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557 active trials for Lung Cancer

Feasibility of Radioisotope-guided Excision of Mediastinal Lymph Nodes in Patients With Non-small Cells Lung Carcinoma

Non-small cells lung carcinoma (NSCLC) represents one of the most common and lethal neoplasms. NSCLC is characterized by an early asymptomatic phase, which hinders the disease identification in its earliest stages. As a consequence, NSCLC is often diagnosed at a clinical stage when the potentially curative surgical approach is challenging. In general, NSCLC up to the TNM stage cT3N2M0 are considered operable; in particular, nodal localizations in the homolateral hilus (N1) and underneath the carina (N2) are considered surgically manageable. Identification of nodal disease on the pre-operative PET/CT does not guarantee that all disease-bearing lymph node will be retrieved in the course of the open operative procedure. Smaller nodes might be challenging to identify; moreover, the co-existence of macroscopic and microscopic disease might hinder the radicality of the surgical intervention. This process can be tracked using specific radioactive radiopharmaceuticals, such as radioisotope-labelled colloids, which can be injected in the immediate proximity of the primary and then travel toward the closest cluster of mediastinal lymph nodes. There, they are incorporated in the nodal structure and progress no farther. By employing a radioisotope probe during surgery, all of the first-line nodes (so-called sentinel lymph node, SLN), which receive the lymphatic flow from the tumor region directly, can be identified. The hypothesis of the investigators is that, by performing a radioisotope SLN mapping intraoperatively, the surgeons will be able to detect the metastatization process more accurately than relying on pre-operative imaging alone. The present study will be a prospective and monocentric trial. Clinical, histological, and imaging data collected from examinations performed according to the good clinical practice will be analyzed. The estimated duration of the study is 12 months. It will include the prospective inclusion of patients with a diagnosis of operable NSCLC, who will receive a surgical treatment with curative intent at the investigators' institution (ICH).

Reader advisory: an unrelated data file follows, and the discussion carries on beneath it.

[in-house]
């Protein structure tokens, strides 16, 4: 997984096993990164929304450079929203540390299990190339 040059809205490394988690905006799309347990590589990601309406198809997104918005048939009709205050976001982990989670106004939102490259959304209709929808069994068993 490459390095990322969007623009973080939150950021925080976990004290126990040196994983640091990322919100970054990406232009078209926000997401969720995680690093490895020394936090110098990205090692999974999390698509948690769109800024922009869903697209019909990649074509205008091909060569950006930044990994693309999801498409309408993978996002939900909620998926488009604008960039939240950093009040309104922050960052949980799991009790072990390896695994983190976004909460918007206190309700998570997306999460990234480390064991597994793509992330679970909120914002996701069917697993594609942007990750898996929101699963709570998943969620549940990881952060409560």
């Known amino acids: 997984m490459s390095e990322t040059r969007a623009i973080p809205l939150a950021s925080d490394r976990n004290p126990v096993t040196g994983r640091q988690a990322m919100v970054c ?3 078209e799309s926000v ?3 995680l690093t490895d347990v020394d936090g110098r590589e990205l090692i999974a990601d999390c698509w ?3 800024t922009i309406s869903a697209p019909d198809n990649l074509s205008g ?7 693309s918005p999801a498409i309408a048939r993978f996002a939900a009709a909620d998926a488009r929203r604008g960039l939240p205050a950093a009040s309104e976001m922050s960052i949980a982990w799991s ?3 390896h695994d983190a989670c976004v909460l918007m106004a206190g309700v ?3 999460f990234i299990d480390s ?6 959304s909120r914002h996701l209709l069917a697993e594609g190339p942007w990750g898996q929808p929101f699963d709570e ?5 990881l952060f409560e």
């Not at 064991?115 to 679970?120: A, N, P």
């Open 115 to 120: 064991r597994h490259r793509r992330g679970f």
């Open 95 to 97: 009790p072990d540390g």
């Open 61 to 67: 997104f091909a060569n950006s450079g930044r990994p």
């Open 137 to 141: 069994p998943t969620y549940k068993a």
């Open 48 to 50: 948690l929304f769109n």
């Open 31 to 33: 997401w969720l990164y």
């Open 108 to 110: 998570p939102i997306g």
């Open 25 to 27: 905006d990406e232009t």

Rozzano, MilanoStart: May 2021
Utrecht COhort for Lung Cancer Outcome Reporting and Trial Inclusion (U-COLOR)

Rationale: Lung cancer is the predominant cancer type worldwide in terms of incidence and mortality. Novel treatment techniques are continuously being developed, all of which need thorough evaluation before they can be implemented in clinical routine. The gold standard design for such evaluation is the randomized controlled trial (RCT), but this design has shown many challenges, particularly in the oncology setting. The 'Trials within Cohorts' (TwiCs) design, previously referred to as 'cohort multiple RCT' (cmRCT), is a promising design enabling multiple (simultaneous) randomized evaluations of experimental interventions, with advantages for recruitment, comparability, and long-term outcome data collection. This design will speed up the process of translating treatment innovations in daily clinical practice. Objective: 1) To collect information on patient characteristics, short- and long-term clinical and patient-reported outcomes; and 2) to create an infrastructure for efficient, fast, and pragmatic randomized evaluation of new interventions. Study design: Observational, prospective cohort study, according to the 'TwiCs' design. Study population: All patients with lung cancer referred to the Department of Pulmonology or the Department of Radiotherapy of the UMC Utrecht. Main study parameters/endpoints: Clinical parameters (performance status, co-morbidity, oncological history, symptoms, imaging, technical and treatment data), clinical endpoints (toxicity, reintervention and survival), and patient-reported outcomes.

UtrechtStart: July 2020